TRIPOLI, Lebanon: A pile of charred books sits dejected on a plastic chair, edges crumbling into ash whenever they are touched. Some are still moist, the creeping odor of mildew light but taking hold.
Yet amid the pile of burned books is one that retains its brightness. It is singed around the edges, its corners ashen and pages stuck together with moisture, but its white hardcover stands out in the faint light of an overhead lamp.
It is “The Theory of Man and Freedom,” by the Muslim scholar Ibn al-Arabi.
About a third of the precious tomes of Al-Saeh Library, a mainstay of this embattled northern city, were lost in a fire in early January, torched by extremists after a rumor that its grandfatherly owner, Father Ibrahim Sarrouj, had material that was insulting to the Prophet Mohammad.
Some of the books were burned, while others were lost to the water of firefighters and left to rot in the intervening days.
Father Sarrouj was at a nearby monastery the day his library and bookshop was put to the torch.
The soft-spoken, bespectacled priest is dressed in a dark green and navy blue jacket and sweater, a forest green winter hat pulled over his head, his white beard tinged with auburn around the edges of his lips.
He raises his arms in the air, reliving the moment.
“I said what the Arab Prophet Job said, ‘The Lord gave and the Lord took away, let God’s name be exalted,” he says. “We have possessions, but we do not own these possessions. My heart is not within this book, despite my love for it.”
Sarrouj quotes freely from the Quran and the Old and New Testaments. He sees the Prophet Job as a role model for patience, one that inspires him to endure.
Sarrouj says the army had informed him of the arrest of another in a ring of five suspected of carrying out the torching of the library, members of an extremist group here. On the same day, a sound grenade was thrown at the headquarters of the Greek Orthodox Scouts in Tripoli, injuring two, one of whom suffered from shrapnel wounds near his eye.
But Sarrouj, a Greek Orthodox priest who is originally from Syria, says he does not want retribution for the burning of his books.
“We said that we want to love them,” he says. “We want to know who they are so we can love them and remind them of their Prophet’s wisdom, who said that he was sent to perfect the highest morals and as a mercy to mankind.”
Sarrouj says he is still sifting through boxes of burned and damaged books to determine which of them can be salvaged and what needs to be thrown out.
“We are trying to save them,” Sarrouj says.
His library was put to the flame following an accusation that hidden inside a book was a four-page note from 2010 by another writer insulting the Prophet Mohammad.
The priest says he has no knowledge of the note or its origin.
On Jan. 2, gunmen attacked a poverty-stricken man who took refuge at Sarrouj’s library. The priest heard the gunshots and called the police and the Lebanese Red Cross, who transferred the man to the hospital. Two guards were placed at the entrance to the library after an anonymous SMS called for a sit-in to defend the Prophet.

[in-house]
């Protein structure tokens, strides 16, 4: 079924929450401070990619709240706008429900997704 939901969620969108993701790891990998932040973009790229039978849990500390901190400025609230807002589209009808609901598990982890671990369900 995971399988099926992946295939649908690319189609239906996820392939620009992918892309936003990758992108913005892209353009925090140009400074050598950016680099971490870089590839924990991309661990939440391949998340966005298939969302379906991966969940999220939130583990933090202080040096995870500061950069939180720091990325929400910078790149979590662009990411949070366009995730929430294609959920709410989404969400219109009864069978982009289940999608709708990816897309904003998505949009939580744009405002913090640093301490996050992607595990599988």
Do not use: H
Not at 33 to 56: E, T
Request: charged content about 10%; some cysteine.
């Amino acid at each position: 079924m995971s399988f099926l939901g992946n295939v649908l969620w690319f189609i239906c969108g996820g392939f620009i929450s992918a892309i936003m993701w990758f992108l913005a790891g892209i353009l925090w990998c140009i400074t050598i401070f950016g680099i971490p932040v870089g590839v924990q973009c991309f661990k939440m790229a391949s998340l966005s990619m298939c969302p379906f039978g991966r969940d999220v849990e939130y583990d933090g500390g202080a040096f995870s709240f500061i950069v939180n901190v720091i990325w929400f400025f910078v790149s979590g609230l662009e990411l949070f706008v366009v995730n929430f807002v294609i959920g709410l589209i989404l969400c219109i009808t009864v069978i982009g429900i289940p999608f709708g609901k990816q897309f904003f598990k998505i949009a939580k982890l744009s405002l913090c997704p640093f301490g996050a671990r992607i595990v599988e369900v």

Sarrouj says that when guards briefly left their post on Jan. 3 to buy a snack, five assailants smashed the gate leading to the library, poured kerosene around the building and lit a flame.
Sarrouj says the library has 85,167 book titles, a large number of which are made up of several volumes. Between 25 and 30 percent of them have been damaged.
The priest, who opened the library 40 years ago and has been collecting tomes since his childhood, recalls two volumes that were particularly dear to him – two Islamic manuscripts that were 200 years old and were worth approximately $20,000. One of them was on the belief in the unity of God, and another on reason.
He does not know yet what condition those two books are in.
But Sarrouj expressed gratitude at the eruption of civil society support. Some citizens rushed to protest the burning of the library on the night itself, organizing book and money donation drives.
“We have good people, but the good people are sleeping, and need someone to stir them,” he says. “We are joyful because of God and our good people. Despite thousands of years of tyranny, the tyrants have not extinguished the goodness in our people.”
Sarrouj debates the philosophical meaning behind algebra with a patron as he stands alongside 21 boxes of books delivered from Antonine University, in a hangar provided rent-free by his neighbor to store some of the books in the meantime.
“I am not a beggar, but I value even a single page that is given to me,” he says.
Sarrouj is even more adamant that he will never leave his home in Tripoli. He arrived in Lebanon 1942, he says, living through two civil wars and Israeli invasion.
“God brought us to life within this nation,” he says. “We will not migrate away and leave.”
“We are staying here, steadfast.”
He does not know why his books were burned, but he says his possessions belong to God and counsels others to remain patient.
And to the vandals who destroyed his tomes, he has a gentle reprimand.
“You are disobeying the Prophet,” he says. “The Prophet Mohammad told his followers to deal justly and gently with Christians and Jews.”
“You began your dialogue with bullets and fire,” Sarrouj adds. “We want to change these bullets and fire into light.”